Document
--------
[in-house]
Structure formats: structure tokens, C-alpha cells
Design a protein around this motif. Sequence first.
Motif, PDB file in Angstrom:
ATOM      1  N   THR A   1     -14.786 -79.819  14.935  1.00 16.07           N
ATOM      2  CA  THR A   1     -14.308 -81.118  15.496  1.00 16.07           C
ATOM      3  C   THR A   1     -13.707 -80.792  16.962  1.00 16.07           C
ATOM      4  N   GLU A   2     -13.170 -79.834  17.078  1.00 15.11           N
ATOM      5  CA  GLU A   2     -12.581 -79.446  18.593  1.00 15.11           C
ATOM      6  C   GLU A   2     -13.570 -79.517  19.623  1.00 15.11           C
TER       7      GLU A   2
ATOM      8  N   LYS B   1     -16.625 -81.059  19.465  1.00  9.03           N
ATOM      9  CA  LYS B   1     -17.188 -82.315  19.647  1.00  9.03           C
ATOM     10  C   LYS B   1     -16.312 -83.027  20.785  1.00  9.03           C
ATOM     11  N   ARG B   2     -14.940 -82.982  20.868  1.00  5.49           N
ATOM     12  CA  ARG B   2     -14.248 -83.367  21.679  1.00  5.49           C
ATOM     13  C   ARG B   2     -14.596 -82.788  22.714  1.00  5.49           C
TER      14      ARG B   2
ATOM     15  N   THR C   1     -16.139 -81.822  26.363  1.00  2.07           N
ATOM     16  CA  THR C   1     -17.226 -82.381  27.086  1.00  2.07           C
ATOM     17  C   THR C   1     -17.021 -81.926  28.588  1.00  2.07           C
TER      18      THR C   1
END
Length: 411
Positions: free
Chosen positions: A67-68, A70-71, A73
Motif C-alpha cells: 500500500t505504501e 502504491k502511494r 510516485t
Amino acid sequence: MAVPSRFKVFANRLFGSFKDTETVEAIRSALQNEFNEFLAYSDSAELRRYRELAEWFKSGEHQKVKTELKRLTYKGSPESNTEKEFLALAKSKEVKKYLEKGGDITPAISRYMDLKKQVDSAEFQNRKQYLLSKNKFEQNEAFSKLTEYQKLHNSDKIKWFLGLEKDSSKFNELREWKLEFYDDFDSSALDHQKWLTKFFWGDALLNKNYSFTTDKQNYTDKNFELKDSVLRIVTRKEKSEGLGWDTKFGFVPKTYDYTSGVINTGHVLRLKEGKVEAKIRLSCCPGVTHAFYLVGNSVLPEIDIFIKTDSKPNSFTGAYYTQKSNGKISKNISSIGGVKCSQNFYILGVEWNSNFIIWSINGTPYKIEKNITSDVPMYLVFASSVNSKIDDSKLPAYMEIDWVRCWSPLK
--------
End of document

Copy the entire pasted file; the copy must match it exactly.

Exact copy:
[in-house]
Structure formats: structure tokens, C-alpha cells
Design a protein around this motif. Sequence first.
Motif, PDB file in Angstrom:
ATOM      1  N   THR A   1     -14.786 -79.819  14.935  1.00 16.07           N
ATOM      2  CA  THR A   1     -14.308 -81.118  15.496  1.00 16.07           C
ATOM      3  C   THR A   1     -13.707 -80.792  16.962  1.00 16.07           C
ATOM      4  N   GLU A   2     -13.170 -79.834  17.078  1.00 15.11           N
ATOM      5  CA  GLU A   2     -12.581 -79.446  18.593  1.00 15.11           C
ATOM      6  C   GLU A   2     -13.570 -79.517  19.623  1.00 15.11           C
TER       7      GLU A   2
ATOM      8  N   LYS B   1     -16.625 -81.059  19.465  1.00  9.03           N
ATOM      9  CA  LYS B   1     -17.188 -82.315  19.647  1.00  9.03           C
ATOM     10  C   LYS B   1     -16.312 -83.027  20.785  1.00  9.03           C
ATOM     11  N   ARG B   2     -14.940 -82.982  20.868  1.00  5.49           N
ATOM     12  CA  ARG B   2     -14.248 -83.367  21.679  1.00  5.49           C
ATOM     13  C   ARG B   2     -14.596 -82.788  22.714  1.00  5.49           C
TER      14      ARG B   2
ATOM     15  N   THR C   1     -16.139 -81.822  26.363  1.00  2.07           N
ATOM     16  CA  THR C   1     -17.226 -82.381  27.086  1.00  2.07           C
ATOM     17  C   THR C   1     -17.021 -81.926  28.588  1.00  2.07           C
TER      18      THR C   1
END
Length: 411
Positions: free
Chosen positions: A67-68, A70-71, A73
Motif C-alpha cells: 500500500t505504501e 502504491k502511494r 510516485t
Amino acid sequence: MAVPSRFKVFANRLFGSFKDTETVEAIRSALQNEFNEFLAYSDSAELRRYRELAEWFKSGEHQKVKTELKRLTYKGSPESNTEKEFLALAKSKEVKKYLEKGGDITPAISRYMDLKKQVDSAEFQNRKQYLLSKNKFEQNEAFSKLTEYQKLHNSDKIKWFLGLEKDSSKFNELREWKLEFYDDFDSSALDHQKWLTKFFWGDALLNKNYSFTTDKQNYTDKNFELKDSVLRIVTRKEKSEGLGWDTKFGFVPKTYDYTSGVINTGHVLRLKEGKVEAKIRLSCCPGVTHAFYLVGNSVLPEIDIFIKTDSKPNSFTGAYYTQKSNGKISKNISSIGGVKCSQNFYILGVEWNSNFIIWSINGTPYKIEKNITSDVPMYLVFASSVNSKIDDSKLPAYMEIDWVRCWSPLK